Benefits Chaos in Store for Us, Does Labour Offer a Solution?
The Guardian reports on a major speech to be given today by Liam Byrne, their Shadow Minister ,
“The coalition’s benefit cuts have descended into “chaos” that will cost an extra £1.4bn because of delays, extra claimants, waste and complaints,Labour claims.”
This is the bit that concerns us lot most,
Labour said the biggest cost would come from the government’s probable failure to meet its targets on the youth contract, which pays employers to hire young people. The government is projected to miss its aim of subsidising jobs by 92%, meaning 147,940 more young people on the dole at a cost of £9m a week in 2014.
The party said another large extra cost was caused by universal credit, a scheme to make sure people get all their benefits in one lump sum. Labour said this would need £300m in 2015 as the project had been hit by delays and IT problems.
“Universal credit was once a flagship, now a sinking ship,” Byrne will say. “If we don’t fix this mess, millions of families’ tax credits will be put at risk – along with billions of pounds of taxpayers’ money.”
Labour also pointed to fraud and error costing £140m, the £119m cost of extra benefits caused by an under-performing welfare-to-work programme, and an additional £102m to implement the bedroom tax – cuts to housing benefit for households with spare rooms. It said tribunals related to people challenging cuts to their disability benefit would cost £290m.
Byrne will also call on ministers to impose a deadline on the healthcare company Atos to “turn things around or lose its contract” …
The BBC has just reported the speech Liam Bryne actually made,
He said Labour backed Universal Credit, which is due to replace the majority of out-of-work benefits by 2017, “in principle” but “the implementation is a disaster,” with extra costs likely to add up to £300m to implement by 2016-17. Mr Byrne says he has written to the DWP to call for cross-party talks “to see exactly how bad things are” with universal credit and “what’s needed to fix them”.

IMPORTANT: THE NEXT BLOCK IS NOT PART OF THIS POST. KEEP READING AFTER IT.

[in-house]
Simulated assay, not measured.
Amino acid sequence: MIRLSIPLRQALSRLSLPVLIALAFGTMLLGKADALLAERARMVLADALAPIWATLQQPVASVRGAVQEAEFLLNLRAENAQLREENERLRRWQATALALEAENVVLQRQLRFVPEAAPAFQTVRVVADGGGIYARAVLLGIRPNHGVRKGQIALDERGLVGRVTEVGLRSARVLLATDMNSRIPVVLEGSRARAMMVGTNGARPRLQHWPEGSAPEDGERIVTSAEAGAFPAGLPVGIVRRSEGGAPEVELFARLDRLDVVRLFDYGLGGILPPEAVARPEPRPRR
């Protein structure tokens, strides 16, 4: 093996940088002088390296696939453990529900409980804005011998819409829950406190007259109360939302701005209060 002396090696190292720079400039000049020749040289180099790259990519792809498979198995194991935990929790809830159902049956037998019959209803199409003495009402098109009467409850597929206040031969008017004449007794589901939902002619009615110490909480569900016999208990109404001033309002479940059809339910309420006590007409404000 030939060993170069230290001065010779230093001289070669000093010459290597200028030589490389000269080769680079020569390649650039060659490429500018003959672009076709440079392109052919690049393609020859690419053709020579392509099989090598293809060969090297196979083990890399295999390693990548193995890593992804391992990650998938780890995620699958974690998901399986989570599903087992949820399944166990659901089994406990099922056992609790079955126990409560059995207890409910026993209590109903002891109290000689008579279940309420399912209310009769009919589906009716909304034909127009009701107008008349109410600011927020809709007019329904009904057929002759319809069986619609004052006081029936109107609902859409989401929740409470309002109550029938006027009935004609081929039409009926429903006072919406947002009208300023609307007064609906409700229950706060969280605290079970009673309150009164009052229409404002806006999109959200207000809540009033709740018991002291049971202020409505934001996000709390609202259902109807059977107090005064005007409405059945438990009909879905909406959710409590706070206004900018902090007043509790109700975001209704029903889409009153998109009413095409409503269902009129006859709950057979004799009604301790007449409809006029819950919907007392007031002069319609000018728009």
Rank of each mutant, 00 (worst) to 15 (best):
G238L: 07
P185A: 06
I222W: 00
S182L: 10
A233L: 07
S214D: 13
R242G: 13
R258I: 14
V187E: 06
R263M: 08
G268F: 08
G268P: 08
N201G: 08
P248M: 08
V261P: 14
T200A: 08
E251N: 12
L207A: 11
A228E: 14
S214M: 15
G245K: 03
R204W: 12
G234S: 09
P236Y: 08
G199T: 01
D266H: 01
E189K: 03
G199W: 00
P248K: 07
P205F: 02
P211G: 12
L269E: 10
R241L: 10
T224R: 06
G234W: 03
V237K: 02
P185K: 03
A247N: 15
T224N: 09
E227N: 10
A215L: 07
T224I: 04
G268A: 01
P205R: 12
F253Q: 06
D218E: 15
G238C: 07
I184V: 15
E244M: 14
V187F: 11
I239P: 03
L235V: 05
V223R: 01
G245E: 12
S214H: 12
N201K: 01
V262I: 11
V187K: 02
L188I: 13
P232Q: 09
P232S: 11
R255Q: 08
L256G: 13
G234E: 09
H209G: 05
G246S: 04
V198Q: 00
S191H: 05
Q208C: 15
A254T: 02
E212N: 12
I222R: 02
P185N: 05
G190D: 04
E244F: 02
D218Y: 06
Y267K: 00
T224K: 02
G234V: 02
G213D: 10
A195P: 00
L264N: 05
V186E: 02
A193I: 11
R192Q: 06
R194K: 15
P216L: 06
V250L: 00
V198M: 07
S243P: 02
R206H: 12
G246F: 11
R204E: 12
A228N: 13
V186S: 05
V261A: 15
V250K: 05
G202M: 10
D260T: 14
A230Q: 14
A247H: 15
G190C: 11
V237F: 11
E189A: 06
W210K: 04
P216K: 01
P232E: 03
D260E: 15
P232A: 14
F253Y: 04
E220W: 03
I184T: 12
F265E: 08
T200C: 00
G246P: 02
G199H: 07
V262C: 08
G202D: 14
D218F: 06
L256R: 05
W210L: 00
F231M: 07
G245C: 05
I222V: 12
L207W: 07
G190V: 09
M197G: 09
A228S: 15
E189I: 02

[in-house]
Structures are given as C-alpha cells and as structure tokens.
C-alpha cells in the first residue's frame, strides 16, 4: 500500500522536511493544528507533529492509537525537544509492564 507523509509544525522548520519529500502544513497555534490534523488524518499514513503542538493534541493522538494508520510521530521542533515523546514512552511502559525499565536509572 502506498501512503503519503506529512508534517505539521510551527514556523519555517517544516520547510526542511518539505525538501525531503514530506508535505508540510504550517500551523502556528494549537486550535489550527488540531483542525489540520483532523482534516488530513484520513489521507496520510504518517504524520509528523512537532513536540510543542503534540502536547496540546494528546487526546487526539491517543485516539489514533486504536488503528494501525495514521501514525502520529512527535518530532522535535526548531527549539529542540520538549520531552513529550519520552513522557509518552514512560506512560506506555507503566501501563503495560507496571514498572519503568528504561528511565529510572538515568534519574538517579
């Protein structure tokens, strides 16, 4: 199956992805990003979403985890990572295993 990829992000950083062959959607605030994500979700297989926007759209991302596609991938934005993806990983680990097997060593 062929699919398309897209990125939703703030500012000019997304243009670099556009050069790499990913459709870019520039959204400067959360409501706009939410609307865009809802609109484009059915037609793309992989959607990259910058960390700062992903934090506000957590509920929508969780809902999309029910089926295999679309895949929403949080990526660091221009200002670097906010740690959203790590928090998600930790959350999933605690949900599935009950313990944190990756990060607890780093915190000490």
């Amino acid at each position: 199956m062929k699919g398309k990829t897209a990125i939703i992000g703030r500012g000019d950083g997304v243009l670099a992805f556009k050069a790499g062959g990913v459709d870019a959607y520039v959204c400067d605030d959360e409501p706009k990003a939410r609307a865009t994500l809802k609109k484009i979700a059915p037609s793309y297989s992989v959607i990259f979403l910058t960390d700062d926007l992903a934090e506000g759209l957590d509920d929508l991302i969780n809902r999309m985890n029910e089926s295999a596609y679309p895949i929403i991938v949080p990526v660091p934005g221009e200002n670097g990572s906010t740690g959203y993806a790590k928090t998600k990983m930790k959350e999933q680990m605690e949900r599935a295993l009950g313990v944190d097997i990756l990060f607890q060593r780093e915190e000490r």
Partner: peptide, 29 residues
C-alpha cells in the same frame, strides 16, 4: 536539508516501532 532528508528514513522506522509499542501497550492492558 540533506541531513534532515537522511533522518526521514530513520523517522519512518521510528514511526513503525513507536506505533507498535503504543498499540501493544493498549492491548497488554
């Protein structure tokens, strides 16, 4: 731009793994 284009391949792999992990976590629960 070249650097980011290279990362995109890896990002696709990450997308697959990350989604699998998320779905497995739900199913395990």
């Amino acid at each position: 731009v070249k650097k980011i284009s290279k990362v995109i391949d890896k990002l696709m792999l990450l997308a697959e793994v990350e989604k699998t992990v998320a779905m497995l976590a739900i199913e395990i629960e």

Labour would bring “social security spending” under control and “tackle these delivery problems head on”, he said.
The BBC’s Political Correspondent, Vicki Young comments,
A closer look at Mr Byrne’s speech reveals that his criticism is directed at the delivery of the programme rather than the principle.
He actually backs work capability tests for the disabled but believes another company should get the contract.
On Universal Credit, he says it’s a good idea, but needs to be implemented more efficiently – even the DWP admits it hasn’t been a smooth path.
As the Guardian noted,
“ Miliband has said the coalition’s welfare cuts will be a “starting point” that cannot be reversed without savings elsewhere, but promised an approach to benefits that will restore the “dignity of work”.”
Need we be reminded that it James Purnell, as Work and Pensions Secretary under Gordon Brown, who first put forward the idea of cutting welfare?
The final nail in social security’s coffin came with the demise of the Department of Social Security in 2001 and its replacement by the Department for Work and Pensions. The significance was underlined by James Purnell when he became secretary of state seven years later. He called it “an ideological break with the past” and dismissed the very notion of social security: “Security as something handed down; welfare as bureaucratic transfer; people as recipients of funds.”
Liam Byrne also has form on this kind of thing,
Extracts from Liam Byrne’s speeches of the past.
1. In 2011, Byrne told Labour conference: “Many people on the doorstep at the last election felt that too often we were for shirkers not workers.”
2. He told LSE a year ago: “Labour is the party of hard workers not free-riders. The clue is in the name. We are the Labour party. The party that said that idleness is an evil. The party of workers, not shirkers.”
3. An ally of Liam Byrne told the Mail on Sunday in Dec 2011: “Decent Labour voters see their neighbours lie about all day and get benefits while they are working their socks off, and say, ‘Why should I vote Labour when they let this happen?’”